Prague, 26 October 1998 (RFE/RL) -- Poland's two largest political groups, the Solidarity-led center-right coalition (AWS) and the post-communist Democratic Left Alliance (SLD), have emerged victorious in recent local elections. The radically nationalist and conservative Catholic groups were the main losers.
The State Electoral Commission said last week (Oct. 23) that AWS won more than 16 percent (10,613 of 63,765 seats) of the vote for local councils, municipal governments and regional as well as provincial legislative assemblies.
SLD won almost 14 percent (8,840 seats), with the populist Social Alliance (the Peasant Party, the Union of Labor and the Pensioners Party) gaining about 7 percent (4,583 seats), the centrist Union of Freedom about 2 percent (1,146 seats), the nationalist Patriotic Movement 0.4 percent (256 seats) and the conservative Catholic Polish Family mere 0.2 percent (151 seats).
The turnout in the 11 October balloting exceeded 46 percent, much more than expected and higher than the level (34 percent) during local elections four years ago.
The elections followed a sweeping administrative reform which reduced the number of provinces from 49 to 16 and shifted decision-making power on local issues away from the central government and toward provincial, district and communal bodies. The reform was presented by both politicians and the media as effectively dismantling the communist-era centralist method of government. It is to be fully implemented in January 1999.
The victory of the two largest parties was widely expected. They presented the largest number of candidates, commanded better resources and were best organized.
Particularly impressive was the SLD's showing. The Leftist group won more votes than it did in the last parliamentary elections and increased its presence in the local administrative and legislative bodies.
The unexpected loser was the Union of Freedom (UW). The party was largely responsible for formulating Poland's so-called economic "shock" strategy which successfully introduced free market operations into the country's economy. It was also instrumental in pushing local government reforms through the parliament. But the UW was apparently seen by the voters as arrogantly technocratic and responsible for the pain inflicted on the large sector of the population during economic changes.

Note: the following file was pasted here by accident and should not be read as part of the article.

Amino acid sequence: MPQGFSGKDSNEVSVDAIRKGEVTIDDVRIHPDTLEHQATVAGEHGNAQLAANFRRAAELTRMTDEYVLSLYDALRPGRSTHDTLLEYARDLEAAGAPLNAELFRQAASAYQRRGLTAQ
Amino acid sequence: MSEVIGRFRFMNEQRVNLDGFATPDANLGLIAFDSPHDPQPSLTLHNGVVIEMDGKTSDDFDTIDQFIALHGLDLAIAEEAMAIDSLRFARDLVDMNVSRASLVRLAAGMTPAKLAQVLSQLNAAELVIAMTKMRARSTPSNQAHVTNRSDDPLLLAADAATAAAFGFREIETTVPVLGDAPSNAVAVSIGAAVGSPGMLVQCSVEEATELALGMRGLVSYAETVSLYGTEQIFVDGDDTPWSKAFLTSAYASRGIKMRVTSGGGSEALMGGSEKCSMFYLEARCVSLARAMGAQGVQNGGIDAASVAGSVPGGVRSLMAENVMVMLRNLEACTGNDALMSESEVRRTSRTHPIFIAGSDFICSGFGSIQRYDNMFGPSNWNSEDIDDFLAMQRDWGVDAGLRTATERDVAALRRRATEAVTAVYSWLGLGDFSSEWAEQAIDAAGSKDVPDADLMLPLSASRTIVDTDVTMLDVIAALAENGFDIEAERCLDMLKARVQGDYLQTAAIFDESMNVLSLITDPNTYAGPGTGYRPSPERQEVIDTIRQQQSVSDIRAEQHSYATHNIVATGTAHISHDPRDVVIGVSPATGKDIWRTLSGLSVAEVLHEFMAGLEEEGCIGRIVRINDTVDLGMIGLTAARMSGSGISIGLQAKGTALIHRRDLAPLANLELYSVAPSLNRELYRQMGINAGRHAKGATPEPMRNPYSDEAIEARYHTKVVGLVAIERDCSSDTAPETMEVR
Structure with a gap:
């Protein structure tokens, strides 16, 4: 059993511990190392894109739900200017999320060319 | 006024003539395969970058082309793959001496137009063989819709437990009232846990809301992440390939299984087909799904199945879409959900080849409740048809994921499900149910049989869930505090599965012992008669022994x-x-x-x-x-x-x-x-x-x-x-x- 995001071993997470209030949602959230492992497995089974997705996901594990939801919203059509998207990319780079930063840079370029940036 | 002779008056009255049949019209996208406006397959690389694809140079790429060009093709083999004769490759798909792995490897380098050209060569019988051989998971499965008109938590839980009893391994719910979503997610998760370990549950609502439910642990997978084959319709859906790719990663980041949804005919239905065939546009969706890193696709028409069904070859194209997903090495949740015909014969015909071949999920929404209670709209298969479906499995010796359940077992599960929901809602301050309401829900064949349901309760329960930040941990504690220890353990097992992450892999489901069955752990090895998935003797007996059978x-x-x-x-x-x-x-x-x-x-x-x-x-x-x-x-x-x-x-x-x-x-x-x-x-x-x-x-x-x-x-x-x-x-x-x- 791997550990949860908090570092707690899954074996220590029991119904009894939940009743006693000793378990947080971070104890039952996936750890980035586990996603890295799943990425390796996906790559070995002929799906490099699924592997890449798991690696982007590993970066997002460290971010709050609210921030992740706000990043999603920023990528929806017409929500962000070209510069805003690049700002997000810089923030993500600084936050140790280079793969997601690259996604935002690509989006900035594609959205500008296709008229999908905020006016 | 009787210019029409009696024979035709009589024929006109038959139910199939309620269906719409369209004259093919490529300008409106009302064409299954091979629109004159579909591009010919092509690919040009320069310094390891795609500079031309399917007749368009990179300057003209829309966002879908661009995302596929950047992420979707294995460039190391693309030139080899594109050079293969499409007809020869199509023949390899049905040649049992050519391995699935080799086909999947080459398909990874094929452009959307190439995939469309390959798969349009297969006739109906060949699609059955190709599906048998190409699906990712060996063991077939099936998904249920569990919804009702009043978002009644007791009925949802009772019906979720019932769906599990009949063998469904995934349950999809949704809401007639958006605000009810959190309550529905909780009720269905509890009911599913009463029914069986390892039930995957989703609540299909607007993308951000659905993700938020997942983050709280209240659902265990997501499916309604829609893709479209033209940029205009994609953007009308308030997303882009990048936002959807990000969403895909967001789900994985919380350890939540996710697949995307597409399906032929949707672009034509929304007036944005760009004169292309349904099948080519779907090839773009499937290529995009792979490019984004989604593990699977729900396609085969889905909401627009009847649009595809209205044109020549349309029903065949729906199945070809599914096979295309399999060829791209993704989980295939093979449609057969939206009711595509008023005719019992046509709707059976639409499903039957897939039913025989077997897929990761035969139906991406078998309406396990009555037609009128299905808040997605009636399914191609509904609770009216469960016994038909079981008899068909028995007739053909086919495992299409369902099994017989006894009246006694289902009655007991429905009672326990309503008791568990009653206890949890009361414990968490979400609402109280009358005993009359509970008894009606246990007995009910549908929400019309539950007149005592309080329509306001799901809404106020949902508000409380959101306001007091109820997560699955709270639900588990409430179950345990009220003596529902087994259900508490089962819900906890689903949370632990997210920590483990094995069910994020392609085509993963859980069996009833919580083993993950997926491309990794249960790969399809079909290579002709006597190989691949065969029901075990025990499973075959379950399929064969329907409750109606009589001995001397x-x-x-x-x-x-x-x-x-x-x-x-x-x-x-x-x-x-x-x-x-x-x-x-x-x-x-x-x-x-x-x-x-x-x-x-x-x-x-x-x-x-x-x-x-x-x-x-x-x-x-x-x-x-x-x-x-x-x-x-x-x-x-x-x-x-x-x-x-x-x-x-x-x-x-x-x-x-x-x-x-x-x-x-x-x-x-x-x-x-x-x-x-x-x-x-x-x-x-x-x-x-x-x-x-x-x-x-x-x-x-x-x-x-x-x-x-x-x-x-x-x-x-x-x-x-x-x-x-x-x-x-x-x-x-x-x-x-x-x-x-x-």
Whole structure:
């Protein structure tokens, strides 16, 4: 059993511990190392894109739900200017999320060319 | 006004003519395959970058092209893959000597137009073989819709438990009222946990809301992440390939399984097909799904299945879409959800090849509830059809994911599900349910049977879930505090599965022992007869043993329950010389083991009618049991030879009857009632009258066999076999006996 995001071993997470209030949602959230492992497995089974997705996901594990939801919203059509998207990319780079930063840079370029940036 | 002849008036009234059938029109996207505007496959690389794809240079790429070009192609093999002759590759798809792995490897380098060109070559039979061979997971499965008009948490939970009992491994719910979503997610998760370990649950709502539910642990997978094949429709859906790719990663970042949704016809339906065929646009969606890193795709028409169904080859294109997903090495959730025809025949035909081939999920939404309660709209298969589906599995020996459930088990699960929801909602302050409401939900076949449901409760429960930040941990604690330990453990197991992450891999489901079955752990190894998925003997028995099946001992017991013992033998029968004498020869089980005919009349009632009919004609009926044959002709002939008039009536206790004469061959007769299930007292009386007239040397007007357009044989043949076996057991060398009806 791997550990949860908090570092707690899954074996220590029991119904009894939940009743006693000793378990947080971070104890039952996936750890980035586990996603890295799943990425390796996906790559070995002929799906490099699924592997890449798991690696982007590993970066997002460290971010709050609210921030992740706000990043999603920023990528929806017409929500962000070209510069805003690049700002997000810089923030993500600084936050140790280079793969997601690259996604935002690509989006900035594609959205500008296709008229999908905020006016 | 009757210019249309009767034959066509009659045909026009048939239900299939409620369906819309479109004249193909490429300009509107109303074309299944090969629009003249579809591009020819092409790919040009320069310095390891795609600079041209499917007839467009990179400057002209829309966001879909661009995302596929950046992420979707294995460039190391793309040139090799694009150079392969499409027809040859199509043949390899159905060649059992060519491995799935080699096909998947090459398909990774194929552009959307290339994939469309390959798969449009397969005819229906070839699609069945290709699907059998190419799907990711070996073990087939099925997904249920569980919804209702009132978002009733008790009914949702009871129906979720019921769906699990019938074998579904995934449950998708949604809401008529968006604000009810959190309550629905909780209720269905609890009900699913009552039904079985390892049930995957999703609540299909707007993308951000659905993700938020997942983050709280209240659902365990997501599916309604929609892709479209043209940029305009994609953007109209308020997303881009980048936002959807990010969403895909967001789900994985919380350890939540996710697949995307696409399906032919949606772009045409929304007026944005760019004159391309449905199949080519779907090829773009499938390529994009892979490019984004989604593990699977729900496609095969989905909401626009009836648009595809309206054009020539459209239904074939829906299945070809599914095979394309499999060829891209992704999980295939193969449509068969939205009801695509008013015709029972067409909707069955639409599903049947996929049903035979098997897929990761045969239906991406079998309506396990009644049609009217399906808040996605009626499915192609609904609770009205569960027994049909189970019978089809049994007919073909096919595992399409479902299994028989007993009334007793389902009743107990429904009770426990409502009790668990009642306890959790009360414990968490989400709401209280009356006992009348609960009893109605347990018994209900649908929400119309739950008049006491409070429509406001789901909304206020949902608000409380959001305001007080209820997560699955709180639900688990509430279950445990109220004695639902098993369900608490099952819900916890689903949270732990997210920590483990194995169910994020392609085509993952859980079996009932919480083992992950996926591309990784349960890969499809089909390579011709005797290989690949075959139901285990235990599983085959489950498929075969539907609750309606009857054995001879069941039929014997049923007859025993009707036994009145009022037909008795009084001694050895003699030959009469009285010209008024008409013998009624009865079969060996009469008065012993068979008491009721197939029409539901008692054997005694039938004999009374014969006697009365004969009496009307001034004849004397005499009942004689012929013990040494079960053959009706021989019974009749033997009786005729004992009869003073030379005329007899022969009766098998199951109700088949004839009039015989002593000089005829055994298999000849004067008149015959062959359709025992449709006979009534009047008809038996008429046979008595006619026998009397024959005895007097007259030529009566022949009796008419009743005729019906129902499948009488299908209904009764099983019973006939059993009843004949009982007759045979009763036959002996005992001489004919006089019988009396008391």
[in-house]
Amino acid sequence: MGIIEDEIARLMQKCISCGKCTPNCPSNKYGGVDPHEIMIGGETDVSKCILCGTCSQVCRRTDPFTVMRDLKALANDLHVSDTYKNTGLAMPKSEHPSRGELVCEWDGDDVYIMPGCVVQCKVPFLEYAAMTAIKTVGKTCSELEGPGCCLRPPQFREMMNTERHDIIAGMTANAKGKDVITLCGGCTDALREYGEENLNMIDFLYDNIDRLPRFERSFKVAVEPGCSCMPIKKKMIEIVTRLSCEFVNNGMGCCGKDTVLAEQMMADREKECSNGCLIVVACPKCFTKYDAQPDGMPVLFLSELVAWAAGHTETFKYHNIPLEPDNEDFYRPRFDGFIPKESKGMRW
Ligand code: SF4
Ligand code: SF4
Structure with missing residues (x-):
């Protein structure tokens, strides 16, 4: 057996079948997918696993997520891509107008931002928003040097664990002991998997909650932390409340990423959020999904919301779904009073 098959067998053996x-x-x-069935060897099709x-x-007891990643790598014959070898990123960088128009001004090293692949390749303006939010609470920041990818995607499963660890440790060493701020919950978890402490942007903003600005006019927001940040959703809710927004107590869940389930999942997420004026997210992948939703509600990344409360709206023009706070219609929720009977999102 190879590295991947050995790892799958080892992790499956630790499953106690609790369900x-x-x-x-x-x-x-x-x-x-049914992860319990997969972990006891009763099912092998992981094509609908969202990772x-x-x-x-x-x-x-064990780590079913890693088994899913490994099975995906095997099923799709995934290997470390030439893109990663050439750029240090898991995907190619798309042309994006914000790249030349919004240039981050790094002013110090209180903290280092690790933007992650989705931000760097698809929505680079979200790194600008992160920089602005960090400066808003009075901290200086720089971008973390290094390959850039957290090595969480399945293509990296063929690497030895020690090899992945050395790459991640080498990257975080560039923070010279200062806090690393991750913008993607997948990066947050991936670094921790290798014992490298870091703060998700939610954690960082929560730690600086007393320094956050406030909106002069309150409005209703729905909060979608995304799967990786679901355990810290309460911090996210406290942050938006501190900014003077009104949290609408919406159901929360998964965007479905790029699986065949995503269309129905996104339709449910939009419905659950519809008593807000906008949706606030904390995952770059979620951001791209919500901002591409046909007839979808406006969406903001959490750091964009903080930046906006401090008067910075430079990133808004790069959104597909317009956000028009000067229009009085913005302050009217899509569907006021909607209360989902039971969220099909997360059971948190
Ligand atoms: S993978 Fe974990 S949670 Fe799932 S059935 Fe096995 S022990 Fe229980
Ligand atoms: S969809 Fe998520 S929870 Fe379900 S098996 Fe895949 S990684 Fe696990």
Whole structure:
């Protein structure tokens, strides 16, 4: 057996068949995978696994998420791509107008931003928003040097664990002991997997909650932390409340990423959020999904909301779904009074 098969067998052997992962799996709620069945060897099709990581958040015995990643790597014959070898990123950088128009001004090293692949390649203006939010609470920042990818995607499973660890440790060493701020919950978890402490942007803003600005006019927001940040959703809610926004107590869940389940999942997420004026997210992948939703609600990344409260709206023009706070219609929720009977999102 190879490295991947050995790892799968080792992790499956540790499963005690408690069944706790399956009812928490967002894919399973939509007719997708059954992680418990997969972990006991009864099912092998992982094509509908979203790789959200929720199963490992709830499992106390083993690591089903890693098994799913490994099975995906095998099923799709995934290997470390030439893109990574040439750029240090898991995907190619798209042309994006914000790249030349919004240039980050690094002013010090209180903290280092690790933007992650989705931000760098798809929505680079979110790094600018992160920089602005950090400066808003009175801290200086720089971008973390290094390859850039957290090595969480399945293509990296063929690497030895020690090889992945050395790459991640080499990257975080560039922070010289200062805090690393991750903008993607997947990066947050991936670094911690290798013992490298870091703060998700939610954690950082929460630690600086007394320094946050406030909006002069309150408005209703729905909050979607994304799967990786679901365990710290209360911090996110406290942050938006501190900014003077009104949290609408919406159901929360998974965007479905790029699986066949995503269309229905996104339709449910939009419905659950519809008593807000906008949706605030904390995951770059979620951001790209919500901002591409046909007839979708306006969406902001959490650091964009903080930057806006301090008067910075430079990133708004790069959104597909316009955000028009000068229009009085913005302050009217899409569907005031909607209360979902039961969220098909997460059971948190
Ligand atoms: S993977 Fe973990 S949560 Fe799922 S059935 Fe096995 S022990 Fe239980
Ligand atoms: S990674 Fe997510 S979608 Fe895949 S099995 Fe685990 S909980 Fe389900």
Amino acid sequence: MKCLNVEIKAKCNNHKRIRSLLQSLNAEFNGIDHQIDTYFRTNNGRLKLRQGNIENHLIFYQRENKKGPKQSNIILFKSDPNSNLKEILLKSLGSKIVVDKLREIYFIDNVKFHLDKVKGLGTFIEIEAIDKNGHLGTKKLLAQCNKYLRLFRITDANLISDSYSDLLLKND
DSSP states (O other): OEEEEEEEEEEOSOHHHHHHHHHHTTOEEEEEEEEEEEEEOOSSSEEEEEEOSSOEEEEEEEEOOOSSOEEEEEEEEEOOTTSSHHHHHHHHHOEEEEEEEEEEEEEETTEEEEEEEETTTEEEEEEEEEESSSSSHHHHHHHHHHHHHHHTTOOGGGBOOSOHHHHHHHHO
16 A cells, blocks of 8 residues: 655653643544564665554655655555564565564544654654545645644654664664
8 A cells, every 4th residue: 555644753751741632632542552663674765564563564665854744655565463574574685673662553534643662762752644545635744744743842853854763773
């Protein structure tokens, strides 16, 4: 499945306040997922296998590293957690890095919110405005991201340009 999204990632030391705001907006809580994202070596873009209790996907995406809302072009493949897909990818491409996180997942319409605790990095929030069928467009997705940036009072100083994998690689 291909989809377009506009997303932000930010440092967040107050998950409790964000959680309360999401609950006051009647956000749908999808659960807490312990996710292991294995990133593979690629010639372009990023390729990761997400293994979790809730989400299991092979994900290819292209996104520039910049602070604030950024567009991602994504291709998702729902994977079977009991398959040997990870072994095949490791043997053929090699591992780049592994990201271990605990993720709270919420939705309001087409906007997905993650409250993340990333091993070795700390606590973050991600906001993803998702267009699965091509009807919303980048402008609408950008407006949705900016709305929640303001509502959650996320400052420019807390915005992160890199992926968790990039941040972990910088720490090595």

Most important, the vote affirmed a popular rejection of the extremist groups, whether nationalistic or religious, showing that their constant clamor for recognition has failed to win even a respectable modicum of popular support.
It is still unclear which party or group of parties will actually take over the levers of power in particular provinces or regions. The final determination will develop through a variety of different local coalitions.
It may be expected, however, that the AWS will tend to replicate in most cases its national government coalition with the Union of Freedom, while the SLD will look for cooperation with the populist Social Alliance.
But it is already increasingly apparent that Poland's politics are gradually moving toward a kind of polarization of parties and groups through the evolution of two distinct blocs: one based on the Solidarity-led center-right, the other on the post-communist dominated center-left. This trend had already emerged in the parliamentary ballot last year. The local vote has further confirmed that tendency.
All this may have a major impact on the presidential election in the year 2000 and the parliamentary election in the following year.